Sooking Silence

sweet_shop_shelf1_500

(source)

quarter worth of drops

tuppence hal’penny worth of treat

small denominations

for weighted-measure worth of sweets

lemon sherberts, strawberries,

liquorice in strings

butter dainties, caramels

a paper poke of things

tempting to the tastebuds

lips purse, tongues salivate

little lads and lassies

in the corner shop all wait

taking turns to order

eyes purchase every kind

going over flavours

in the testrooms of their mind

counting out the coppers

with due care, not one to spare

fair exchange and movies

sooking silence in armchair

contentment on a Saturday

sherbert moments, MB bars

rainy days of chewing gum

watching old film stars

stocking soles and cushions

hammer horror, if allowed

choking on gobstoppers

while Fred swings Ginger round

penny trays and hal’penny trays

sugared bits of bliss

candy-coated treasury

whose sticky lips I sometimes kiss

Mick McManus, wrestling

dad and smoking pipe

everybody sucking

afternoons of sheer delight

bottled up for keeping

labelled so not lost

treasured, measured memories

all poured at human cost

Self-taught, Well-taught

Is it the case, do you think, that those things we teach ourselves are often more important to us, and therefore more easily learned, than those lessons we learn elsewhere?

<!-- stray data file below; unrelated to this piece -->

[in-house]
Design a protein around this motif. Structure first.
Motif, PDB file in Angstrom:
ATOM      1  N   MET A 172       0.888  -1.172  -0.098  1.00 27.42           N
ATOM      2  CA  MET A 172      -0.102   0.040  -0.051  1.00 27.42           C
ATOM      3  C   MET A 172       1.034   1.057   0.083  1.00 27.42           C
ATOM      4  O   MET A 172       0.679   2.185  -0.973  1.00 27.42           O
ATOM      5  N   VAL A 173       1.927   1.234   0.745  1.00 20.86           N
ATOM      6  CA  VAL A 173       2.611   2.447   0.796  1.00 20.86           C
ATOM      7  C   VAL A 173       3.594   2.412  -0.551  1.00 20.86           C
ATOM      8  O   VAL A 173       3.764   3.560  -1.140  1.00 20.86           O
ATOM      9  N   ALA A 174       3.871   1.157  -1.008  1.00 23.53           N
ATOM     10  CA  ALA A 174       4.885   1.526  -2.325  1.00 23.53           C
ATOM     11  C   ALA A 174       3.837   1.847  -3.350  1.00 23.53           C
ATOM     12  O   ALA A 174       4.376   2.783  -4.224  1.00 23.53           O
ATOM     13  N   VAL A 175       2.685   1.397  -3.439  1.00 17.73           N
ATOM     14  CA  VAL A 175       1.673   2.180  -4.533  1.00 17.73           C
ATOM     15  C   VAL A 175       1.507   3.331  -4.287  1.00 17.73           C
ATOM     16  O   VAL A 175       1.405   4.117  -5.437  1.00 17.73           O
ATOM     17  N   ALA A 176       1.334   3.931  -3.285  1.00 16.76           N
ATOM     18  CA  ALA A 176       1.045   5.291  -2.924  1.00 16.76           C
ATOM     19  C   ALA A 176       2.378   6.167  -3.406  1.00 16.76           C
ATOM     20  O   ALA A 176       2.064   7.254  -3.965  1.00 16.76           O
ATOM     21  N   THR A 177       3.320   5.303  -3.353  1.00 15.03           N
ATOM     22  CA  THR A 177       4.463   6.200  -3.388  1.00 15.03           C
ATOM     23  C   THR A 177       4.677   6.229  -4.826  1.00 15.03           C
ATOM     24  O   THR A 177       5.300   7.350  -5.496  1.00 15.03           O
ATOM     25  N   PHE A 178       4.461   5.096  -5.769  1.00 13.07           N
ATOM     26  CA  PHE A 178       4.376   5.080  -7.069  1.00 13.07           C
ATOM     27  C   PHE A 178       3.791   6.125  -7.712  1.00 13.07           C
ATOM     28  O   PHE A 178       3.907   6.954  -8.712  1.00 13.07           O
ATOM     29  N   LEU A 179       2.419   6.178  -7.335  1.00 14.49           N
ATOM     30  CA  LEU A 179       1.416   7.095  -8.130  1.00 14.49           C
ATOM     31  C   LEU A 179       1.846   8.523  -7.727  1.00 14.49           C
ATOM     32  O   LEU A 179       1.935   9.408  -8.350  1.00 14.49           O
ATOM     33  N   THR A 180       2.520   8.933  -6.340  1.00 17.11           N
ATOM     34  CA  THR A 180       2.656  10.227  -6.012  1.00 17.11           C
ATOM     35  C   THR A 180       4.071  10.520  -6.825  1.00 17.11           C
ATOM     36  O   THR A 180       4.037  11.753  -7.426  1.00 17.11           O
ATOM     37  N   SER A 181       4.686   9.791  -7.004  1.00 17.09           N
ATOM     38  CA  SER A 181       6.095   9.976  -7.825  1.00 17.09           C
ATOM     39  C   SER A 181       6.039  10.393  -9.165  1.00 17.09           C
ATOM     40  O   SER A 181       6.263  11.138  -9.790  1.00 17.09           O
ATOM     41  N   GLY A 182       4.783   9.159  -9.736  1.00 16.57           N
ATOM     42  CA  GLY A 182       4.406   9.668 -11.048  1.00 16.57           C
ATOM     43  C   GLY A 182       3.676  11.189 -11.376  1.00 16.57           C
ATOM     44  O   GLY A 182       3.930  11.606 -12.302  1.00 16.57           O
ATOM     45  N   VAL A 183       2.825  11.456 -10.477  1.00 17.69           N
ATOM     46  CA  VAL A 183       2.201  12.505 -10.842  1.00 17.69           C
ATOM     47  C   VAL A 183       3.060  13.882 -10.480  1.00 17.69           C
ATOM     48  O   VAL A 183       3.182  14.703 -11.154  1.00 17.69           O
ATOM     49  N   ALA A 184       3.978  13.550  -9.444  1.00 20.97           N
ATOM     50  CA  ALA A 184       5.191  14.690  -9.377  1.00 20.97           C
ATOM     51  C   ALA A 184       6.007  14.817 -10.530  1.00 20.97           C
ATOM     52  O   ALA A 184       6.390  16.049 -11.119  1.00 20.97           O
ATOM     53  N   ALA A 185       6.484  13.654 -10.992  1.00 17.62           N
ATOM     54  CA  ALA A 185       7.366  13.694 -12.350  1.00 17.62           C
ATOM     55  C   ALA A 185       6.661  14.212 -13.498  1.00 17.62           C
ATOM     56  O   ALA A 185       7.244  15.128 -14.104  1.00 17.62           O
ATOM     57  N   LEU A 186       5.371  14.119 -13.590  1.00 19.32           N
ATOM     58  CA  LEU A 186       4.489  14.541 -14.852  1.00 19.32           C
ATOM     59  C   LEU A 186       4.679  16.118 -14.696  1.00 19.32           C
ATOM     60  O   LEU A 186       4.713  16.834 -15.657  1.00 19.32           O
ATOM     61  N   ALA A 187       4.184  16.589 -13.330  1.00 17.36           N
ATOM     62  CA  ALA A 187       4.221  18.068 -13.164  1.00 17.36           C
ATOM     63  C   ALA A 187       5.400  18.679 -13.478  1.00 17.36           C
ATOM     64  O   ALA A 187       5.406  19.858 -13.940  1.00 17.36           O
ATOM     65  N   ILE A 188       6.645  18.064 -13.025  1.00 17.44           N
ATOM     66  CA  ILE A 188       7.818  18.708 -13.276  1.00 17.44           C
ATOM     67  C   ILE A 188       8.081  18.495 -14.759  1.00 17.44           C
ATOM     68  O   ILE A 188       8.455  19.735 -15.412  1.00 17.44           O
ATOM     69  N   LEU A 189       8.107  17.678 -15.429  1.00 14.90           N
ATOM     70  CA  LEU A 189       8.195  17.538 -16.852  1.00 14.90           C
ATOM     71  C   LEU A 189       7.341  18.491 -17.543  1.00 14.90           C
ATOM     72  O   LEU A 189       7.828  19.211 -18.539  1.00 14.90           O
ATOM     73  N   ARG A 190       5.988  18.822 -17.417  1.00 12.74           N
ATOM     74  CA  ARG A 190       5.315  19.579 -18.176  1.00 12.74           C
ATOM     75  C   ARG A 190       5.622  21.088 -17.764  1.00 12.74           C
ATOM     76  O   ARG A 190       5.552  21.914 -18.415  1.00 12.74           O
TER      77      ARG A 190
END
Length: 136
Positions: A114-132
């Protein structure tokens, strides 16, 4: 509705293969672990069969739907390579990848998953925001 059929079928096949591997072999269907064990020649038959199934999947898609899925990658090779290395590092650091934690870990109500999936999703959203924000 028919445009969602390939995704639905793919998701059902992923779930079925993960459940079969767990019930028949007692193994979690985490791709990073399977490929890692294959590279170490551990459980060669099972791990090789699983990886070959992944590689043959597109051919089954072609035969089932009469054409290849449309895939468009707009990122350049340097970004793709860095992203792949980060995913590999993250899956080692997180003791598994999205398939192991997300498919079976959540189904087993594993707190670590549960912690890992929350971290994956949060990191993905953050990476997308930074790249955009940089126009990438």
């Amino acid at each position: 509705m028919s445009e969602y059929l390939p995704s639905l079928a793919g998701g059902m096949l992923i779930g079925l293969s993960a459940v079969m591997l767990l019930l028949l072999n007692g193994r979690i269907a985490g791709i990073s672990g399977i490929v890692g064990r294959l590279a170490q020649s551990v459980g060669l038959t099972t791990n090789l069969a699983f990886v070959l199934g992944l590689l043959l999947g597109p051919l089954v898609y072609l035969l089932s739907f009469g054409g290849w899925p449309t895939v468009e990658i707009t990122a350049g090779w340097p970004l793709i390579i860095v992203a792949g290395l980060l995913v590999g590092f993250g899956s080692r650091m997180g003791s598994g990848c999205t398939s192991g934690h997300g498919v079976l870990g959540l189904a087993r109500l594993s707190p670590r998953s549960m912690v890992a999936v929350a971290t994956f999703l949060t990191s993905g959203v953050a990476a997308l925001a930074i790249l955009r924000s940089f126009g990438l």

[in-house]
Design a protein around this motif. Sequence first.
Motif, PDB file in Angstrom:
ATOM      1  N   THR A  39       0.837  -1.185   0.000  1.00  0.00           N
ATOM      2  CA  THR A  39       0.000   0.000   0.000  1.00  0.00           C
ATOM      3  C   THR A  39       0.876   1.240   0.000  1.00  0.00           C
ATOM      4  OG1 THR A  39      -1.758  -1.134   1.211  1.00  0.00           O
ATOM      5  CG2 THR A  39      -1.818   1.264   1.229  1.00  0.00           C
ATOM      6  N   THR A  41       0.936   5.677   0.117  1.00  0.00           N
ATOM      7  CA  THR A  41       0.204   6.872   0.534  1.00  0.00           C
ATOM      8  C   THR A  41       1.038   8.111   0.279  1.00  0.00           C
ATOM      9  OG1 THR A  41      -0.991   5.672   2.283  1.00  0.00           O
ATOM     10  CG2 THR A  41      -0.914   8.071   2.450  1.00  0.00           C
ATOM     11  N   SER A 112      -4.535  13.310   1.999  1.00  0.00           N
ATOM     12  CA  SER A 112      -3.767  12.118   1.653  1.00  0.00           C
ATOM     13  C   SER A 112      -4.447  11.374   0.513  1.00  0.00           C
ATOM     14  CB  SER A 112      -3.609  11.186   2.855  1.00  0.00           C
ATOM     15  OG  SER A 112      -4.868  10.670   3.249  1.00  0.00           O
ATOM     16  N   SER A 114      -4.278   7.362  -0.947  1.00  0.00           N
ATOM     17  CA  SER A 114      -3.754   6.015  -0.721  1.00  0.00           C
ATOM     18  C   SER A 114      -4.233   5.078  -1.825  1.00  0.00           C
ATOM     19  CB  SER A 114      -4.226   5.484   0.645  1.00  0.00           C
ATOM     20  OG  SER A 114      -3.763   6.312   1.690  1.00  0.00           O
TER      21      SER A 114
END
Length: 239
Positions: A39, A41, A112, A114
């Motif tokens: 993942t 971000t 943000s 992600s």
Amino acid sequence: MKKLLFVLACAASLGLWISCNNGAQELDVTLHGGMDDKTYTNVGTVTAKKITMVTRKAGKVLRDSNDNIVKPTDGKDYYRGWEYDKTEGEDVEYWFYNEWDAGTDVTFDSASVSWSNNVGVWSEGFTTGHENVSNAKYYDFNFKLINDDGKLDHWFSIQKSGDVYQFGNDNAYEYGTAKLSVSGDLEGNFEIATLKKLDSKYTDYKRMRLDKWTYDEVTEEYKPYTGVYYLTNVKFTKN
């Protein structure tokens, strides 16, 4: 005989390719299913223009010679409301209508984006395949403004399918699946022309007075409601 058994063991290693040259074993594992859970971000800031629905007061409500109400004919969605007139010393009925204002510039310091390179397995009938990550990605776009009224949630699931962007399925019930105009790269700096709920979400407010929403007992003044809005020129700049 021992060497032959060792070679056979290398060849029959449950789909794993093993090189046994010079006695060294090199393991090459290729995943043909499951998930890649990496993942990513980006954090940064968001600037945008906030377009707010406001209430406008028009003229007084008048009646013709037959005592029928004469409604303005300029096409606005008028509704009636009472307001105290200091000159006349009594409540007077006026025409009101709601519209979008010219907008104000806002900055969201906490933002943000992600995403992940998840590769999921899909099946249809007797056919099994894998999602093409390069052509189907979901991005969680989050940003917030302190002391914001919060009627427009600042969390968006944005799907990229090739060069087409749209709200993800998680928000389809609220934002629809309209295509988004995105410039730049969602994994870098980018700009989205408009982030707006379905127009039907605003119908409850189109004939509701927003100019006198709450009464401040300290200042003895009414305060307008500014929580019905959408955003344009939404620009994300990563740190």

I have read 140 report cards from my own kids’ school lives so far. Only forty-four more to go.

They have varied in degrees of wonderfulness and, sometimes, I’ve shaken my head or my fist!

In those areas where they have real aptitude as well as a ‘good’ teacher, they have applied themselves and done well. In other areas, their responses to negative comments have been, ‘Well, he/she is a crap teacher,’ or ‘I hate that subject. Why do we have to take it?’ or ‘Mr./Mrs. So-and-So was off a lot and we hardly got taught anything, so it’s not really my fault.’

Ahem. Excuses, excuses.

Ok, sometimes, those things are true.

What amazes me, though, is the fact that, when they are interested in something – really interested – nothing prevents them from learning.

So, I have five children who are self-taught in guitar.

Six children who play chess well.

Six children who love dancing and will do so at the drop of a hat.

Seven children who are all adept at making home movies and editing the results to ensure maximum laughter.

Two children who can conjure up and proudly produce family meals that equal mine. (The others can cook but with varying results!)

Seven children who can paint and draw wondrous images.

Three children who compete with themselves for fitness and exercise.

One child who can tell you director, producer, actors and settings of every movie she analyses for fun.

Seven children who can find their way around every games console or computer programme they encounter.

The list goes on.

I don’t have 44 children, however the above reads.

I have seven and the range of their abilities astounds me at times. The most astonishing thing, however, is that those areas where they are self-taught are the ones in which they are really well-taught. Even if there has been some initial instruction. Their desire to do something well in an area they are fascinated by has been the pivotal drive in their successes.

Exam results not withstanding (and they have done well), I wonder what would occur in schools where more child-led learning occurred.

We’re making progress in some ways but I don’t think we’ve gone far enough yet to ensure that motivational learning leads the way.